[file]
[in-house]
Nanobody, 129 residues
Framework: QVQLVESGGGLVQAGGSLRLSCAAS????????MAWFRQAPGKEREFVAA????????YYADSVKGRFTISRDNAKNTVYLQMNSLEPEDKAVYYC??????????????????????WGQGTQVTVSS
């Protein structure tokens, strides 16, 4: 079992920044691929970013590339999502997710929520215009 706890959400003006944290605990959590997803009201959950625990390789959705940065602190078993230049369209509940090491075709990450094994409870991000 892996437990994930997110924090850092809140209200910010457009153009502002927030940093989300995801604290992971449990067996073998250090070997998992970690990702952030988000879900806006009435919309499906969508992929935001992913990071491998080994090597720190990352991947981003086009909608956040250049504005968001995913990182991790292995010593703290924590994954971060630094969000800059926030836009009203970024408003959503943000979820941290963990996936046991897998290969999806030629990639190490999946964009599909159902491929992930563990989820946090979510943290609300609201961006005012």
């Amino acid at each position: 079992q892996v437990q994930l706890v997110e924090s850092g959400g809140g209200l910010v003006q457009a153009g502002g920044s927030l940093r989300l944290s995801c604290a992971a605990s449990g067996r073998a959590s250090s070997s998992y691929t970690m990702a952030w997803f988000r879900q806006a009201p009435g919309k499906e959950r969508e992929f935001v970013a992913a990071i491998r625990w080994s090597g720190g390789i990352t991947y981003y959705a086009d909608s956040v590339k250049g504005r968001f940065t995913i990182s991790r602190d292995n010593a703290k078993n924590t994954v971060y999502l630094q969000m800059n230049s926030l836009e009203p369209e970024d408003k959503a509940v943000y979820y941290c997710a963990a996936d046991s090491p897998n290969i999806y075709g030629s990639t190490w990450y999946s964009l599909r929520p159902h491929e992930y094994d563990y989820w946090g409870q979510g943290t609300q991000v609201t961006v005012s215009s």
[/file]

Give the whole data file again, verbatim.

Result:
[in-house]
Nanobody, 129 residues
Framework: QVQLVESGGGLVQAGGSLRLSCAAS????????MAWFRQAPGKEREFVAA????????YYADSVKGRFTISRDNAKNTVYLQMNSLEPEDKAVYYC??????????????????????WGQGTQVTVSS
């Protein structure tokens, strides 16, 4: 079992920044691929970013590339999502997710929520215009 706890959400003006944290605990959590997803009201959950625990390789959705940065602190078993230049369209509940090491075709990450094994409870991000 892996437990994930997110924090850092809140209200910010457009153009502002927030940093989300995801604290992971449990067996073998250090070997998992970690990702952030988000879900806006009435919309499906969508992929935001992913990071491998080994090597720190990352991947981003086009909608956040250049504005968001995913990182991790292995010593703290924590994954971060630094969000800059926030836009009203970024408003959503943000979820941290963990996936046991897998290969999806030629990639190490999946964009599909159902491929992930563990989820946090979510943290609300609201961006005012």
């Amino acid at each position: 079992q892996v437990q994930l706890v997110e924090s850092g959400g809140g209200l910010v003006q457009a153009g502002g920044s927030l940093r989300l944290s995801c604290a992971a605990s449990g067996r073998a959590s250090s070997s998992y691929t970690m990702a952030w997803f988000r879900q806006a009201p009435g919309k499906e959950r969508e992929f935001v970013a992913a990071i491998r625990w080994s090597g720190g390789i990352t991947y981003y959705a086009d909608s956040v590339k250049g504005r968001f940065t995913i990182s991790r602190d292995n010593a703290k078993n924590t994954v971060y999502l630094q969000m800059n230049s926030l836009e009203p369209e970024d408003k959503a509940v943000y979820y941290c997710a963990a996936d046991s090491p897998n290969i999806y075709g030629s990639t190490w990450y999946s964009l599909r929520p159902h491929e992930y094994d563990y989820w946090g409870q979510g943290t609300q991000v609201t961006v005012s215009s």